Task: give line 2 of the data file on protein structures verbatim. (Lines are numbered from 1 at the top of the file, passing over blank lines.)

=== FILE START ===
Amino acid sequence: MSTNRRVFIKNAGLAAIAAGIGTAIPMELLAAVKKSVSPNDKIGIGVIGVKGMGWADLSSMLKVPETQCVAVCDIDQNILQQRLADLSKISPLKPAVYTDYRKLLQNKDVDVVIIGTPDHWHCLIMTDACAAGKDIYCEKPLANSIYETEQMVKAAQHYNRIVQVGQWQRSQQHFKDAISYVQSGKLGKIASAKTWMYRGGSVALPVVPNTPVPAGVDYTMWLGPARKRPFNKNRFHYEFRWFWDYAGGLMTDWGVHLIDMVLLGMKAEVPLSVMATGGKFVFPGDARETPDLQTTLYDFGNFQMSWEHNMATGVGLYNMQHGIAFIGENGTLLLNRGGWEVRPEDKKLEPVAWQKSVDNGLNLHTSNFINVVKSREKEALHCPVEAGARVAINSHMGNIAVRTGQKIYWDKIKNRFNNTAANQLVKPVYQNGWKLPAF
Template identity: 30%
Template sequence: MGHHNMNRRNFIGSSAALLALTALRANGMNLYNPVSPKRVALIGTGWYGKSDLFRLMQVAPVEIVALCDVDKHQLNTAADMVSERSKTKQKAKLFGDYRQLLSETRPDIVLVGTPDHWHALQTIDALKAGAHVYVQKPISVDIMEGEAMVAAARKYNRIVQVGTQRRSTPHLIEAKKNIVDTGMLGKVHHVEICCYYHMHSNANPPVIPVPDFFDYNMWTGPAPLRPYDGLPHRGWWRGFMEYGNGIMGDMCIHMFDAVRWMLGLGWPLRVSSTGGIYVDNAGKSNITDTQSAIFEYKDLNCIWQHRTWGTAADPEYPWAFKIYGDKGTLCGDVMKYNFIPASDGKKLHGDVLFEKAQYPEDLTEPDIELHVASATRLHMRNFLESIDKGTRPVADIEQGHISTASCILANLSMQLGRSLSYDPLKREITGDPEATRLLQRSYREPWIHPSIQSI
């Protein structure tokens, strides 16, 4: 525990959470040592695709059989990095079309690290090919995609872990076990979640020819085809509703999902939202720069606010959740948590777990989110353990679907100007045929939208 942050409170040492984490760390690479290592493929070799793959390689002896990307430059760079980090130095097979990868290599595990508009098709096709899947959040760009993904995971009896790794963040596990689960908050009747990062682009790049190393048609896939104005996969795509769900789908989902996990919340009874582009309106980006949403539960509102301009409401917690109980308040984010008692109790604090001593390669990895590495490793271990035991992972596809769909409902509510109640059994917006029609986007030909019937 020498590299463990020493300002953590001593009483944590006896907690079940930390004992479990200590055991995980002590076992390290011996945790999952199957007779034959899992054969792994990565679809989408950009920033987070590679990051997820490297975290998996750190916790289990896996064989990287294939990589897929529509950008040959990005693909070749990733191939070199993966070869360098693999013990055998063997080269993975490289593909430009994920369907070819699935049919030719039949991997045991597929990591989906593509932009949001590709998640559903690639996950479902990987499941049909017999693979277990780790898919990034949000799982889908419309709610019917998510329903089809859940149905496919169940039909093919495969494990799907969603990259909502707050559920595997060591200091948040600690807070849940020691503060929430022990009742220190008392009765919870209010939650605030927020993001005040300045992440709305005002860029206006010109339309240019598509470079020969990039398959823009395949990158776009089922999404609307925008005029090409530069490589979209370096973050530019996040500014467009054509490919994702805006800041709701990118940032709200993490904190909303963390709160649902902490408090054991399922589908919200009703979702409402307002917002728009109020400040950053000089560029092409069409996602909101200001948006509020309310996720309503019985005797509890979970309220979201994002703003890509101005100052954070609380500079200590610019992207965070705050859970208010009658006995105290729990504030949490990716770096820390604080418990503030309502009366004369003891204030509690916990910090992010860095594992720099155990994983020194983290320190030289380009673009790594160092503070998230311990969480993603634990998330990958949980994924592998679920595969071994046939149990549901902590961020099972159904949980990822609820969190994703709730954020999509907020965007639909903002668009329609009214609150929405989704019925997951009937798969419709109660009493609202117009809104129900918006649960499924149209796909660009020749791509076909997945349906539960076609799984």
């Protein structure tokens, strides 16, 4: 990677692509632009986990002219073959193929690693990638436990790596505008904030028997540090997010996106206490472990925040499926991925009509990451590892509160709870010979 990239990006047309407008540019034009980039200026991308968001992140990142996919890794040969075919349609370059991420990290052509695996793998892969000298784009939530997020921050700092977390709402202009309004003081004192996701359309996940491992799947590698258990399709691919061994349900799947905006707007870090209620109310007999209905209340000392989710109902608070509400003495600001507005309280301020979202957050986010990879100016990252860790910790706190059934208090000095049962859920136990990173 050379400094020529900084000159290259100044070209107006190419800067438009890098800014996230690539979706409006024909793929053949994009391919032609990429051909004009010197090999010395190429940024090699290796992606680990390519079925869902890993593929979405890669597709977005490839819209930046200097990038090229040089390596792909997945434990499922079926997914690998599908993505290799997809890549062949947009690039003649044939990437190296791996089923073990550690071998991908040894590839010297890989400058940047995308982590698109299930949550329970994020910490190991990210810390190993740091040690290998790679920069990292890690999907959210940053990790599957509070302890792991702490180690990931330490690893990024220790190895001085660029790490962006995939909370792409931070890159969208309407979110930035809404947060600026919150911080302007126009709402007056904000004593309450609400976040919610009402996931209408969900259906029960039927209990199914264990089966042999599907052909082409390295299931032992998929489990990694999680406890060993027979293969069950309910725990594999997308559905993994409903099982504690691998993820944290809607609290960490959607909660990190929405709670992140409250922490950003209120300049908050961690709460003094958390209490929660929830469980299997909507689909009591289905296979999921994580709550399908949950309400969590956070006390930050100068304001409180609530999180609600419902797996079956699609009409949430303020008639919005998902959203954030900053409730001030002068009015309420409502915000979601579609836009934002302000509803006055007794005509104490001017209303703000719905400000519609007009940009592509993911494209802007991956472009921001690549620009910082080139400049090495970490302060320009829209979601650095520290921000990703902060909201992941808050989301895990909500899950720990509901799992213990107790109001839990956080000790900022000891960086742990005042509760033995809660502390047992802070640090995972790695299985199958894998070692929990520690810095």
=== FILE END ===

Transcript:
Template identity: 30%